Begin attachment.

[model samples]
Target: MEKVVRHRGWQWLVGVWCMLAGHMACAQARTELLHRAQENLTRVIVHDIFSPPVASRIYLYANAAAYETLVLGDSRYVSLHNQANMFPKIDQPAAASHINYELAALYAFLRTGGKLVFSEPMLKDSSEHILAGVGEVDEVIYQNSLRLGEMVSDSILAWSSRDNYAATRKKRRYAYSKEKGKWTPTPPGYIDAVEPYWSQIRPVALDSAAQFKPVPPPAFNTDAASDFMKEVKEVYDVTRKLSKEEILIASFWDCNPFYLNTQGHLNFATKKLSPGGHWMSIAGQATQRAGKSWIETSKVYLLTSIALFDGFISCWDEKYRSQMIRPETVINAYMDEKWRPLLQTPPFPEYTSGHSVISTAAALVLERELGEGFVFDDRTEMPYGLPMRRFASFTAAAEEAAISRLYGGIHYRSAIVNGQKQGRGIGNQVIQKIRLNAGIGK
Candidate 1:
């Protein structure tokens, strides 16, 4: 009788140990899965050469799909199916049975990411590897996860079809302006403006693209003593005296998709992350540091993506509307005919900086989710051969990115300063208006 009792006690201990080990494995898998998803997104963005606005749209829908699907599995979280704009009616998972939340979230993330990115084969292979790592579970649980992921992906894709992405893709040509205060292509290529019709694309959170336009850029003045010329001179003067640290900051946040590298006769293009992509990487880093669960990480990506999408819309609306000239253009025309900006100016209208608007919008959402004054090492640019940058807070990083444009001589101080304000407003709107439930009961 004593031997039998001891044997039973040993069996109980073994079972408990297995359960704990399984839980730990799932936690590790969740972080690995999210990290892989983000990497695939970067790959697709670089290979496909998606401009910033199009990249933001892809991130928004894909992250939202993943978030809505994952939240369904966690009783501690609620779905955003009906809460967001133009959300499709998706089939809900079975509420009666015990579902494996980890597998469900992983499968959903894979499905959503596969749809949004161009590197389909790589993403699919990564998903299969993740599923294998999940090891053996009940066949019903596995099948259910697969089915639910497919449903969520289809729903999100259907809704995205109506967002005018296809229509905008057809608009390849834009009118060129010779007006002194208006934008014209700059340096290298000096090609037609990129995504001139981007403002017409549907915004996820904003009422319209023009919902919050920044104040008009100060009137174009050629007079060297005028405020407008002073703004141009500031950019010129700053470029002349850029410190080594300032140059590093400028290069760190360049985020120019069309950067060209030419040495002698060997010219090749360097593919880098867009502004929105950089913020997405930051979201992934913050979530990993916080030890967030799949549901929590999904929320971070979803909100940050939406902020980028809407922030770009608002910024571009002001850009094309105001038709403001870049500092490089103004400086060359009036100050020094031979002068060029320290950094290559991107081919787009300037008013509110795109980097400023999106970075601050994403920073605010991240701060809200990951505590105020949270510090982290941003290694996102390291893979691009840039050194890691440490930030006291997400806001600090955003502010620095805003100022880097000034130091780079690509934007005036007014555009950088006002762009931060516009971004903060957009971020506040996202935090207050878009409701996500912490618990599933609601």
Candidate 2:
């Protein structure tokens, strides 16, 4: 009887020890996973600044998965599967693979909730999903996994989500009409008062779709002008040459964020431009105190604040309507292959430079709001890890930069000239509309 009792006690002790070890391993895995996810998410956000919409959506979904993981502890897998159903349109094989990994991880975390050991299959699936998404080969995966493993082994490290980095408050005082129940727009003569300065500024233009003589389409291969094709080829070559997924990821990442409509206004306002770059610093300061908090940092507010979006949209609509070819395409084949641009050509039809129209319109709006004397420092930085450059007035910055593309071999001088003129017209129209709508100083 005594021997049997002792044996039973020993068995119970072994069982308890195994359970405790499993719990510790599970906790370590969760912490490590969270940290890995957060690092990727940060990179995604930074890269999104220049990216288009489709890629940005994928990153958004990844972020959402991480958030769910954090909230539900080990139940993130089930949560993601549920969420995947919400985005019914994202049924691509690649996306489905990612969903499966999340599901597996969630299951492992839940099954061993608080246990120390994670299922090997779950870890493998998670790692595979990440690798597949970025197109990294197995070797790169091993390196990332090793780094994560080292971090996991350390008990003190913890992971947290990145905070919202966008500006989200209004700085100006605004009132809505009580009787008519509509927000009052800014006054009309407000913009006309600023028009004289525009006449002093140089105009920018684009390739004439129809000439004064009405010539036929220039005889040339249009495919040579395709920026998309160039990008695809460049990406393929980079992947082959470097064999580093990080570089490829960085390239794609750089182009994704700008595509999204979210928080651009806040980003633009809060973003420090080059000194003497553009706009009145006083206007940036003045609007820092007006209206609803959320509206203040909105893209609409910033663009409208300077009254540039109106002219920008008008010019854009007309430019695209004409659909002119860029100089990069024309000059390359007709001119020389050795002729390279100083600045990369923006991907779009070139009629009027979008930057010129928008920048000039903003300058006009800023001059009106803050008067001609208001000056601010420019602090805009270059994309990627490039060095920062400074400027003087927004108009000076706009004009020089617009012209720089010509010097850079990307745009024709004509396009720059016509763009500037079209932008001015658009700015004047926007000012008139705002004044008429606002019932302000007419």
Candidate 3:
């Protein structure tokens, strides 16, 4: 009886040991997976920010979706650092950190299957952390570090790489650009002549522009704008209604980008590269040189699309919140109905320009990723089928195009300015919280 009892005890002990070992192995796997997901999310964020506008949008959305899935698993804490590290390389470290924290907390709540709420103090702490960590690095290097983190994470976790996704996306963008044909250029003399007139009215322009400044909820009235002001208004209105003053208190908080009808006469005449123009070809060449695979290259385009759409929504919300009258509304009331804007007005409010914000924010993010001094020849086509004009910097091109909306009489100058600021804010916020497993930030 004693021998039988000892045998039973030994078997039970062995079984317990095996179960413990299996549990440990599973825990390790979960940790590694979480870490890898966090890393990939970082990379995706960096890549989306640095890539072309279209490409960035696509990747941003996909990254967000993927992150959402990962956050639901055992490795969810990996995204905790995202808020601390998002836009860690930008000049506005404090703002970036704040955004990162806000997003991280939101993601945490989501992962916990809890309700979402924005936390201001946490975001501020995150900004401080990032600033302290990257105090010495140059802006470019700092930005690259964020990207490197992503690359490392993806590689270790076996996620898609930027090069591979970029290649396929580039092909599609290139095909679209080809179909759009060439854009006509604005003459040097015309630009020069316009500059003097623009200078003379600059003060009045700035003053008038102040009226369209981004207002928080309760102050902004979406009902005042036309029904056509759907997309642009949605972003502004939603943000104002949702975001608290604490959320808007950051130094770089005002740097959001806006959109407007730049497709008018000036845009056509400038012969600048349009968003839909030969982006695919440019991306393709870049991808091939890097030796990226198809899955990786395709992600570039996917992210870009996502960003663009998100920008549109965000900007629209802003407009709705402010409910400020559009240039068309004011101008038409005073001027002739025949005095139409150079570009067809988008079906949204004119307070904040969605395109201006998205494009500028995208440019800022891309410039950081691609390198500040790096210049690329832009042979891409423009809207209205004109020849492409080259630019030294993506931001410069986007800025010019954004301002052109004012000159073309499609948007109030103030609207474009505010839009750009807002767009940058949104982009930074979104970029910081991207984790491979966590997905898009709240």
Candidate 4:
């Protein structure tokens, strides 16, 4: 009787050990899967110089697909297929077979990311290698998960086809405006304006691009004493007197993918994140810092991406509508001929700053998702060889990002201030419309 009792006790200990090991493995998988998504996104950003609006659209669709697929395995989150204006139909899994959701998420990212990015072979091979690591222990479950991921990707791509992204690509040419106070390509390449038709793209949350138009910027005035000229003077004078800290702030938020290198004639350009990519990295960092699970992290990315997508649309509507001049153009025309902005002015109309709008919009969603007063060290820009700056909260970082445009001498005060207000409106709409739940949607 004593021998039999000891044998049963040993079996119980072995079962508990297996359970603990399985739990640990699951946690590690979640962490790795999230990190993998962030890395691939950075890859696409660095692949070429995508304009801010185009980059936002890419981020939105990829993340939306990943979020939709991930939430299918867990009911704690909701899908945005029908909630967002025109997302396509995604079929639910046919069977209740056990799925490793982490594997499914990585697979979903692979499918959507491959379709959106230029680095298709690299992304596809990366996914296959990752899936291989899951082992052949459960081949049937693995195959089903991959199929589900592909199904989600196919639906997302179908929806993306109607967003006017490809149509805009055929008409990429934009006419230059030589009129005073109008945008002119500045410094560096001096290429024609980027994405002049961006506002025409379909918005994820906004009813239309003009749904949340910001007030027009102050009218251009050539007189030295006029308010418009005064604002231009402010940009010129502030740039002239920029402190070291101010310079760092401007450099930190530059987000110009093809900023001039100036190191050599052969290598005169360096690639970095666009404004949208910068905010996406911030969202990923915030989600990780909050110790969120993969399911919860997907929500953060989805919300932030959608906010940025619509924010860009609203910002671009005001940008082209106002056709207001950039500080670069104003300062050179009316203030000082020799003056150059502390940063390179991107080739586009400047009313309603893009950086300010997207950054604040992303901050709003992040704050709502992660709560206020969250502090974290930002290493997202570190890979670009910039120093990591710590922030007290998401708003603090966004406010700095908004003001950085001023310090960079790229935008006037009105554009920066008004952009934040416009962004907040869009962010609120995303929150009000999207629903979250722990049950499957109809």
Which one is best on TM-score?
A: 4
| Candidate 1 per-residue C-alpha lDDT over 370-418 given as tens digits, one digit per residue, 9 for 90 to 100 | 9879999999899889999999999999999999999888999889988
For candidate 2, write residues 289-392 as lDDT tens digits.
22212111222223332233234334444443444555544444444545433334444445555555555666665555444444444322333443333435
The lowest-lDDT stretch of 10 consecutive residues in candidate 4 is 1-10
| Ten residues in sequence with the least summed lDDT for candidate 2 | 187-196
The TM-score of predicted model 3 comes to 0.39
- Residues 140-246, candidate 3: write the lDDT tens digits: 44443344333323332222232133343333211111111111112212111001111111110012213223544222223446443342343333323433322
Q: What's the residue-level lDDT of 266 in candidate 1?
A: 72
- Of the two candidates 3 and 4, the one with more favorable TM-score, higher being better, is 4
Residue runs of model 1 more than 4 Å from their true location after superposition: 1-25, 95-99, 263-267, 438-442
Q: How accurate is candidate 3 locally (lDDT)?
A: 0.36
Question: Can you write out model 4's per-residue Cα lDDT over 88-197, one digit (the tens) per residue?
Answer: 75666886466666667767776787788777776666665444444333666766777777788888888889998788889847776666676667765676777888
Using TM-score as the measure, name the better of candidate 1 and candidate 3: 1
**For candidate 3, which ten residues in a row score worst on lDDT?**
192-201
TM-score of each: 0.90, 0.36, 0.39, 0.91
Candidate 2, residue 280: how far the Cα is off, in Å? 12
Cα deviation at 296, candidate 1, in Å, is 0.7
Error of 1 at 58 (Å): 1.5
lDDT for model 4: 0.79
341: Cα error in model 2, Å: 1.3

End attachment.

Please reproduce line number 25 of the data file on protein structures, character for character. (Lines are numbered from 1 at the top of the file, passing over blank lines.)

A: 0.36